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"The NAACP Legal Defense and Educational Fund is simply the best civil rights law firm in American history." -- President Obama

SELMA: The March That Changed America

A young woman holds up a sign that says, "Voter Suppression is Un-American."

 

NAACP Legal Defense Fund Participates in

Historic Selma March Anniversary Events

The national conversation around voting rights and the Trump administration’s unsubstantiated claims of voter fraud are at a fever pitch as we honor the 53rd anniversary of “Bloody Sunday” and the historic Selma-to-Montgomery March. It is imperative we continue to pay homage to the 600 unarmed men, women and children who were on the front lines in the fight for voting rights on March 7, 1965 or “Bloody Sunday.” Early in 1965, Martin Luther King Jr.’s Southern Christian Leadership Conference made Selma, Alabama, the focus of its efforts to register Black voters in Alabama. On March 7, protestors attempting to cross the Edmund Pettis Bridge on their way from Selma to the state capital of Montgomery were assaulted by Alabama State Troopers wielding whips, nightsticks, and tear gas.

LDF played a pivotal role in ensuring the marchers were able to proceed to Montgomery as planned. LDF and cooperating attorneys Fred Gray, Solomon Seay, Jr., Oscar Adams, Jr., and Demetrius Newton filed a lawsuit against then Alabama Governor George Wallace in a case known as Williams v. Wallace.  In that case, U.S. District Court Judge Frank M. Johnson ordered federal protection for a later march attempt. LDF lawyers Jack Greenberg, Norman Amaker, Charles H. Jones, and James Nabrit were subsequently involved in drawing up a safe and secure route from Selma to Montgomery.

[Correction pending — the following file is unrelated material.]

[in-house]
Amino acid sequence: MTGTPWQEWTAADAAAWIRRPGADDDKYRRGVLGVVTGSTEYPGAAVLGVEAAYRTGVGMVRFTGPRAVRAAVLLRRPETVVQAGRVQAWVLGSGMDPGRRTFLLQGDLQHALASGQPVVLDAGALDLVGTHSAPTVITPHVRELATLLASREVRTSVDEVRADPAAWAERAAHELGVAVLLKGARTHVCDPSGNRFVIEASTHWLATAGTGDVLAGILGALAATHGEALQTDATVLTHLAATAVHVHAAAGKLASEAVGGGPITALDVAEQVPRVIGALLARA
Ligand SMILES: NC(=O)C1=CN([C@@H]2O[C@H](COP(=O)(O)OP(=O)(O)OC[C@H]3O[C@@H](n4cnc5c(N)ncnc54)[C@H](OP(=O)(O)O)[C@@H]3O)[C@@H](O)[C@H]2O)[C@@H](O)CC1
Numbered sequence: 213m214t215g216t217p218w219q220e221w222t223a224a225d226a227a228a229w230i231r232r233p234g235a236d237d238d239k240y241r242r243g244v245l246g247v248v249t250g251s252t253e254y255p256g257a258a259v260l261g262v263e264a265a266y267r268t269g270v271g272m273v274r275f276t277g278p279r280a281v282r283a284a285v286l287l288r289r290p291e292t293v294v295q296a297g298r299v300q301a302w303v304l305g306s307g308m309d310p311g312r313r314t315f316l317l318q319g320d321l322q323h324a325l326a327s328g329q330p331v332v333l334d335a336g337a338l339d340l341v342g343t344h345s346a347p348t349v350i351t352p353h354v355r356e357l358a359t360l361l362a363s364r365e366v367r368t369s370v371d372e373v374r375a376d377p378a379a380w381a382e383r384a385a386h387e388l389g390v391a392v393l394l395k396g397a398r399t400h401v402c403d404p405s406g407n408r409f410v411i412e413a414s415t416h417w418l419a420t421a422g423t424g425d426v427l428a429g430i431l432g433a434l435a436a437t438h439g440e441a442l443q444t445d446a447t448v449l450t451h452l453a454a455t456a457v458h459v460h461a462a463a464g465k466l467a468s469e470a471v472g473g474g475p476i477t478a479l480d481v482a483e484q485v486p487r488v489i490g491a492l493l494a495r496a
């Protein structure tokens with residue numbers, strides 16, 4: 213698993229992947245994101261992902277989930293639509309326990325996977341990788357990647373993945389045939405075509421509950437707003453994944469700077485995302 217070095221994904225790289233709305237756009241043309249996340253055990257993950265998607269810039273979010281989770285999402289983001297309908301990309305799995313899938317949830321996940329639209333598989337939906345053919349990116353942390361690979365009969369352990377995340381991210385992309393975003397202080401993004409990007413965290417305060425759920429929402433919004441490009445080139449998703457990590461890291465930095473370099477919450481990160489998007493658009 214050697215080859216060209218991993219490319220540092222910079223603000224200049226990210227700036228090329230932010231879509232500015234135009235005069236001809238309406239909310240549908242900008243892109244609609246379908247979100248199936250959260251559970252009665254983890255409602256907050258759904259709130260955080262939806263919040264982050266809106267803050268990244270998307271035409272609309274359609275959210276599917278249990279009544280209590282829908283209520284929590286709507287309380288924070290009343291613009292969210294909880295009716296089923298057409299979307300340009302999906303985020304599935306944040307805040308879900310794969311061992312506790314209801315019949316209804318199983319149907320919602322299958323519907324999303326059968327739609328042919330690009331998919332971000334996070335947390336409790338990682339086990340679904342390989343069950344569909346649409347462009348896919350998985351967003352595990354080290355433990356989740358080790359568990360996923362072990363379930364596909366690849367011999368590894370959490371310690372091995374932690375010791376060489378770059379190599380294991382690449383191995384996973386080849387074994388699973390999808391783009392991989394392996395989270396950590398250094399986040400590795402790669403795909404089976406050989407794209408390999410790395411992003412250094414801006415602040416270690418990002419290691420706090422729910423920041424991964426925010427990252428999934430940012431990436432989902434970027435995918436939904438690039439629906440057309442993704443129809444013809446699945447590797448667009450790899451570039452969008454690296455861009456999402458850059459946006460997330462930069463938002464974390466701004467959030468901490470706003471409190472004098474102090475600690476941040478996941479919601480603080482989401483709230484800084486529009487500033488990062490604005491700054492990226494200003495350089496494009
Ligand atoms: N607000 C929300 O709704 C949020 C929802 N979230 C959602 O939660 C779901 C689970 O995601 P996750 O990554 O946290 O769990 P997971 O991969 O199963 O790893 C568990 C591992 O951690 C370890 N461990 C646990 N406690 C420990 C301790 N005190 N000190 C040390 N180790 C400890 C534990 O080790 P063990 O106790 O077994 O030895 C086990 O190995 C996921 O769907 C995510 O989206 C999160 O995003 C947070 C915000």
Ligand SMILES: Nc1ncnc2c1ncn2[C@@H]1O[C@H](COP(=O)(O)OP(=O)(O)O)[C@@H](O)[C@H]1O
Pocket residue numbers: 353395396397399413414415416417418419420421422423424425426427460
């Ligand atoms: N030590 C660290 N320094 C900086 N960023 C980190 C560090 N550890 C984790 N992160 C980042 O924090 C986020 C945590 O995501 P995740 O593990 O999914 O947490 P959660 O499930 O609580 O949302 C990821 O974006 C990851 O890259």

In honor of their bravery and mission, LDF is participating in a series of events during the Selma Bridge Crossing Jubilee 2018, held March 1-5 in locations throughout Selma, Alabama. LDF will also host special events, including a voting rights panel at the historic Brown Chapel A.M.E. Church.

The monumental civil rights protest in Selma, and LDF’s role in ensuring it was successful, cast much needed media attention on the outright denial of the right to vote to African-Americans and hastened the passage of the Voting Rights Act of 1965. As we continue to underscore the importance of this anniversary, this is also a time to recognize the struggles we currently face in the voting rights arena. In 2013, the Supreme Court of the United States effectively struck down the heart of the Voting Rights Act, so that nine states wholly and certain localities in six states mostly in the South, are no longer required to seek advance federal approval to change their election laws. The fight to ensure voting rights for all Americans is as urgent as ever. 

View the program card detailing the reception and voting panel that LDF will host this weekend.

Follow LDF on Facebook and Twitter for scenes from Selma anniversary events.